Tuesday, 8 October 2019

Questions (276)

James Browne


276. Deputy James Browne asked the Minister for Health the way in which a person can create an official awareness day in order to have recognition for a disease (details supplied) here; and if he will make a statement on the matter. [40894/19]

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Written answers (Question to Health)

Lissencephaly is one of the approximately 8,000 rare diseases affecting millions of EU citizens.

A Rare Disease Day takes place every year with the aim of raising awareness amongst the general public and decision-makers about all rare diseases and their impact on patient’s lives.

This annual event is scheduled to take place again on 29th February 2020.

1 in 15 people will live with a rare disease at some point in their life and there can be a dearth of expertise and knowledge about some rare diseases, simply because they are so rare. There is no cure for the majority, of rare diseases and many go undiagnosed. Therefore, building awareness of rare diseases is of the utmost importance. The main objective of Rare Disease Day is to bridge the gaps in the coordination between medical, social and support services in order, to tackle the challenges that people living with a rare disease face every day.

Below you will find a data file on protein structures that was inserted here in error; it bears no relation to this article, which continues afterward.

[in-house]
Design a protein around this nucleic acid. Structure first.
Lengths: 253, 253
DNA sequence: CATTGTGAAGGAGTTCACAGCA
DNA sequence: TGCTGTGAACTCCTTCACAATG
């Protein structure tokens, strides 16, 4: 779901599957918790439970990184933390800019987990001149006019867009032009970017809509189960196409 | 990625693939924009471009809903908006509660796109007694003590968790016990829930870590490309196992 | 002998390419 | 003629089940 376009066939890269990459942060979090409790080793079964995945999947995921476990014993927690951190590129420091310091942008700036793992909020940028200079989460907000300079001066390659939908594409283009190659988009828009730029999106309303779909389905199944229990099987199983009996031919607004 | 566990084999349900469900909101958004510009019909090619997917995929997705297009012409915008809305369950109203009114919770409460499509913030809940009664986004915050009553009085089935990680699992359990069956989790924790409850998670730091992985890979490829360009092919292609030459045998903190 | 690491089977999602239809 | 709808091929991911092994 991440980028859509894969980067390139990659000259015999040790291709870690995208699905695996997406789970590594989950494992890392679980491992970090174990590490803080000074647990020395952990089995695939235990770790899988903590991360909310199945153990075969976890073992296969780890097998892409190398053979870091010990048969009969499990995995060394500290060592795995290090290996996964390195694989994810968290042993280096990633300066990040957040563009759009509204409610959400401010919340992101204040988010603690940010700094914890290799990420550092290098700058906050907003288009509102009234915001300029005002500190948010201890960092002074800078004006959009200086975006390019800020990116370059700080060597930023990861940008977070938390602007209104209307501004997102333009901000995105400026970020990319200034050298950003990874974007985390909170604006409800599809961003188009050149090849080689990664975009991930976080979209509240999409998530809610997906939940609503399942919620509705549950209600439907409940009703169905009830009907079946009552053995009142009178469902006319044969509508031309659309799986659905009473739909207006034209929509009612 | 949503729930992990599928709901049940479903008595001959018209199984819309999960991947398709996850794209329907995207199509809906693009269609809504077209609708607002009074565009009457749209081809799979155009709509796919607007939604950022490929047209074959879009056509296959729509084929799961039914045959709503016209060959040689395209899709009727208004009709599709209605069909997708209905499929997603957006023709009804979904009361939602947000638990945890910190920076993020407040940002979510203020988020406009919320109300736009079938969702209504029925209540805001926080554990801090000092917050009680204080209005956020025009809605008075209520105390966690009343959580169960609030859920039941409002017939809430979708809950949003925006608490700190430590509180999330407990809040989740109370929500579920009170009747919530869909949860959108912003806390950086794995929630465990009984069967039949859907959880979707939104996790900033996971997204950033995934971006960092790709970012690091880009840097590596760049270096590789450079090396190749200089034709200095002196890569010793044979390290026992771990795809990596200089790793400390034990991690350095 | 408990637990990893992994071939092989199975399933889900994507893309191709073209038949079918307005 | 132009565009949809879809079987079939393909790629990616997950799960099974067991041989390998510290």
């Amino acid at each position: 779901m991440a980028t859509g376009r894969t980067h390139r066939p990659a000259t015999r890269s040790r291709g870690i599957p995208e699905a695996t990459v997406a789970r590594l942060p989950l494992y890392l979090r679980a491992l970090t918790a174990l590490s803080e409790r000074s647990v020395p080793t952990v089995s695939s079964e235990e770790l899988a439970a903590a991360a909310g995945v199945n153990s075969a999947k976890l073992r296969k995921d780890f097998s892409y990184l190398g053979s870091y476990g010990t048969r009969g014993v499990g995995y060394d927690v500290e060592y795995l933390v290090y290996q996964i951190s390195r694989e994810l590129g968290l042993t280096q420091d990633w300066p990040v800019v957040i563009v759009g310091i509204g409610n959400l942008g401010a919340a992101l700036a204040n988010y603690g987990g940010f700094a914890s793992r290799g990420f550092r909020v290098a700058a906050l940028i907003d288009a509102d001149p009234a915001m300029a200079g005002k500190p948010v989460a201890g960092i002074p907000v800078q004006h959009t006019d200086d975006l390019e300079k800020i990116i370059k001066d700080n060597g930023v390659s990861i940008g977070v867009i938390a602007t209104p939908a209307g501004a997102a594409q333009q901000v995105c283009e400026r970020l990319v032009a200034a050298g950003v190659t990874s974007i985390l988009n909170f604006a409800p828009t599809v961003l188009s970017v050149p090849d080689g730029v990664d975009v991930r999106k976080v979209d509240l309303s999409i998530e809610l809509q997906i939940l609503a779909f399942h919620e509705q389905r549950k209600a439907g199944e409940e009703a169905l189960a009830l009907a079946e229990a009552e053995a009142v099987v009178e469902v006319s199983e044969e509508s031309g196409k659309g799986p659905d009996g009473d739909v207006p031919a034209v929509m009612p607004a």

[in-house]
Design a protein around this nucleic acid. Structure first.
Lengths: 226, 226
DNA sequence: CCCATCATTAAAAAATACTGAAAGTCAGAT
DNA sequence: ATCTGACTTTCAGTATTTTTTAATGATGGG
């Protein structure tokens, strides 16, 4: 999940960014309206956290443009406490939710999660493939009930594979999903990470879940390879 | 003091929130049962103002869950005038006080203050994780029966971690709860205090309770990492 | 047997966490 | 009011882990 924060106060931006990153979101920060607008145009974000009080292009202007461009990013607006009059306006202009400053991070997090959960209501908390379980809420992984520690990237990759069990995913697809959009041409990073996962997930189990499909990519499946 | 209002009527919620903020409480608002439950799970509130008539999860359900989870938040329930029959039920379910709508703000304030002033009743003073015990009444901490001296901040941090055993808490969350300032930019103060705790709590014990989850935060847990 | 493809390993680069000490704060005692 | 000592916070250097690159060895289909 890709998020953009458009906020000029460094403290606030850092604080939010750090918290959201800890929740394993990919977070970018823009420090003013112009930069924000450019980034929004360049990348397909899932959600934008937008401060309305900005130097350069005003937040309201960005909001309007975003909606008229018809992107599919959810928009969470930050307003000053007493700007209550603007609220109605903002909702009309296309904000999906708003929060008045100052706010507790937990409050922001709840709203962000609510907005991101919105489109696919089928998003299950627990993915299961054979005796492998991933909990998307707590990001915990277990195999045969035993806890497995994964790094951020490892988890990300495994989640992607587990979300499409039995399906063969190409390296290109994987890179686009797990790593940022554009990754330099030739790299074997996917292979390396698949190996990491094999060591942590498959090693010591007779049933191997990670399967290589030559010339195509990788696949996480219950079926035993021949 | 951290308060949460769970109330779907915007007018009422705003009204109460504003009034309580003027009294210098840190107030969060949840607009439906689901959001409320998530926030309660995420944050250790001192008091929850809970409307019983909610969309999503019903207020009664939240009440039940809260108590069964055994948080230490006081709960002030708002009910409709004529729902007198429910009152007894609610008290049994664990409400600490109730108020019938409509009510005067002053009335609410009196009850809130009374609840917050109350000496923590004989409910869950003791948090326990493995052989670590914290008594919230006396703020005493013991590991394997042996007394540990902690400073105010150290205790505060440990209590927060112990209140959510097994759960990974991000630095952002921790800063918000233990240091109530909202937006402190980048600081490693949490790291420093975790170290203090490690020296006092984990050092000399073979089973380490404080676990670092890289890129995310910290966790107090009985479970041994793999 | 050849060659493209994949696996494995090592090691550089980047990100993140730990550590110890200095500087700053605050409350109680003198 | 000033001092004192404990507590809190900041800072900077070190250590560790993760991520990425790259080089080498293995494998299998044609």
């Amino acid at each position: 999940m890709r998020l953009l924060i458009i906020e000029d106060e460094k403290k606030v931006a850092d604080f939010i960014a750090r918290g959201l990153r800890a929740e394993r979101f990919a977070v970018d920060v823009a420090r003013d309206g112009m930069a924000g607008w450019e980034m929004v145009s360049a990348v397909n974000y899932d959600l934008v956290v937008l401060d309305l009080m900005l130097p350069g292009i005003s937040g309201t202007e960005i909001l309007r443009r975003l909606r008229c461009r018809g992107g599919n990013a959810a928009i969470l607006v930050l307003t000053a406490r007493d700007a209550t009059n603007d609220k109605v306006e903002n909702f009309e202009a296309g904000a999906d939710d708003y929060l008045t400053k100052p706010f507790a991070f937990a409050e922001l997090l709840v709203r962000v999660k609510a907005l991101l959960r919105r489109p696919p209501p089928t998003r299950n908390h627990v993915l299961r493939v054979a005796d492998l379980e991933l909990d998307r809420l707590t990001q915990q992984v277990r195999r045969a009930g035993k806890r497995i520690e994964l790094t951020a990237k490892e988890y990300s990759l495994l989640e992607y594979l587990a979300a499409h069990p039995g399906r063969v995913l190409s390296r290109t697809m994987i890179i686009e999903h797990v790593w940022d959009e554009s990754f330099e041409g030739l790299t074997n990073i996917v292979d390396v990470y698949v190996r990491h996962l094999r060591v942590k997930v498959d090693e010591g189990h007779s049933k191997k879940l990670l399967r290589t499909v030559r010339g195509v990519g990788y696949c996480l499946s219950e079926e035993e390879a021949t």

The HSE National Clinical Programme for Rare Diseases was established in 2013 and the National Rare Disease Office was established by the HSE in 2015. The purpose of the National Rare Disease Office is to provides current and reliable information about genetic and rare diseases to patients, families and healthcare professionals.

The organisers of Rare Disease Day have the full support of my Department who have met with representatives of the Rare Disease Taskforce three times this year and will continue to meet with this important patient representative body on a quarterly basis in the future.